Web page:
Maintaining a good balance
By Michael Windsor, Headmaster

It has been great to welcome pupils, old and new, back to school. There has been a huge amount of work on the site over the summer and I’ve enjoyed seeing pupils exploring the new surroundings. It’s been particularly exciting to see them respond to our newest building, Beech Court. On a visit to the new library last week, I was delighted to see it packed with pupils, doing homework, completing research or reading. Situated on the first floor, the library has beautiful views of the two magnificent beech trees which give the building its name, and by the windows nearest the trees, you feel that you could be sitting amongst the branches. I’m immensely grateful to our architects, contractors and our own support staff who have worked so hard to get projects ready for the new academic year.

The events of the start of term – staff training, assemblies, chapel – are a time when we focus sharply on the ethos of the School. I’d reflected on this over the holiday. A particular highlight of our own family holiday was a visit to Lake Lugano in Switzerland, where we took the chance to visit the museum dedicated to the German 20th century author Hermann Hesse, who lived for a long time in a village called Montagnola on the shores of the lake. My great-grandmother, who had had to flee Germany during the Nazi era, had a house nearby and befriended Hesse. His novels had also had a particular significance for me when I studied them at university, and they have often had a strong appeal for people in their formative years, as they capture the struggle to make sense of the conflicting aspects of our personalities. So a visit to the museum was a must for me.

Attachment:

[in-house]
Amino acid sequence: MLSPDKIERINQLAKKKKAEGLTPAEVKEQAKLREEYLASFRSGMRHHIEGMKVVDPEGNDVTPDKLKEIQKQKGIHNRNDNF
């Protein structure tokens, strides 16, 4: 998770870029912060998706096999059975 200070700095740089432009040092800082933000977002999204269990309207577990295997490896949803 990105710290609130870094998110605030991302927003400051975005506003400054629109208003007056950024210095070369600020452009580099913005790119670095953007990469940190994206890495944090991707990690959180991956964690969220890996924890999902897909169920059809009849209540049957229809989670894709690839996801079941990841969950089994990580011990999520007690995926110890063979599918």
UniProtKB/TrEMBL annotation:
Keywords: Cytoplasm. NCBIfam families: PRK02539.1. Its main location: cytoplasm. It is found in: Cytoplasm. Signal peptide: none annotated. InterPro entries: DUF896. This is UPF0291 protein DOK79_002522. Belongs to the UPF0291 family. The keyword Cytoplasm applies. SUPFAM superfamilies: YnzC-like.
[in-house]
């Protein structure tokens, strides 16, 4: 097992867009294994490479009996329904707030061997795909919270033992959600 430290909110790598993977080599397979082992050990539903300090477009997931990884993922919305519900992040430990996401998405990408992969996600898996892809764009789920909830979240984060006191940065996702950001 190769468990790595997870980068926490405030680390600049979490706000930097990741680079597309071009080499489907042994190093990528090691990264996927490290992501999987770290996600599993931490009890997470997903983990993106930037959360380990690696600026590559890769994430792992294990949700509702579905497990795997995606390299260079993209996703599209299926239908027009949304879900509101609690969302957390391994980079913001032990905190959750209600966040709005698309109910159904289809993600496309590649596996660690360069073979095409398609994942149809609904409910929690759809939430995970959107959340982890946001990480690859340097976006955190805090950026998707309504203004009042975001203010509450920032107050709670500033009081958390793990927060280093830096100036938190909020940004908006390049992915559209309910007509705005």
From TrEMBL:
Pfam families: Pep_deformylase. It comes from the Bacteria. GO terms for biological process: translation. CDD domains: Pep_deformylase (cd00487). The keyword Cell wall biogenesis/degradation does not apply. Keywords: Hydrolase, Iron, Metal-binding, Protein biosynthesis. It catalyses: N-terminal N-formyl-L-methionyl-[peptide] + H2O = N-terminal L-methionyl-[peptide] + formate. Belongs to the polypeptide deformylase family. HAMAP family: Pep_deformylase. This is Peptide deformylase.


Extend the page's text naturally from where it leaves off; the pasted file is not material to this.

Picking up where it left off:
A number of Hesse’s novels deal with the theme of duality, and particularly the tension between the life of the mind and the drive of the senses. Ultimately they portray the search for a balance between these two aspects of a personality.

I reflected that this search for a sense of balance is key to what Abingdon is all about too. Our term for extra-curricular life, the Other Half, confirms that we want pupils to achieve a healthy balance between their academic studies and the broader life of the school. We are ambitious for our pupils and believe that they can excel in both areas, and indeed that success in one sphere benefits the other. The outstanding exam results that our pupils achieved this summer, which came alongside superb achievements in the Other Half, confirmed that this is indeed the case.

We want to ensure that every pupil can achieve that balance, which is why there is such a wide array of opportunities in the Other Half – over 120 different clubs and activities. This makes it possible for every pupil to find his niche at Abingdon, and have a fulfilling time both inside and outside the classroom.

It’s also vital, of course, that young people have sufficient down time when they can develop their own friendships and relationships and simply enjoy time with family and friends.

It sounds quite easy to achieve this balance but this is not always the case. Some pupils, especially those with perfectionist tendencies, will spend too long on academic work, at the possible detriment to their broader personal development and wellbeing. Others will seize the opportunities of the Other Half with so much enthusiasm that work gets squeezed excessively and their academic development can be threatened. Others again might let their social life over-dominate at the expense of success both in academia and the Other Half.

Effective pastoral structures are therefore essential in order that pupils can be steered back onto the right path if their lives have become unbalanced. Young people need the space and time to try and work things out for themselves but often a touch on the tiller may be needed by tutor or housemaster to help them get back on track. Of course at other times more radical interventions and sustained support may be required, and the art of great pastoral care is knowing which approach is required when.

I am pretty sure Hermann Hesse did not have Abingdon or the Other Half in mind when he was writing his novels. I do hope though that he would have recognised our efforts to fuse the different elements of a young person’s development into a healthy, balanced and fulfilling whole.

Back to all Blogs

More Blogs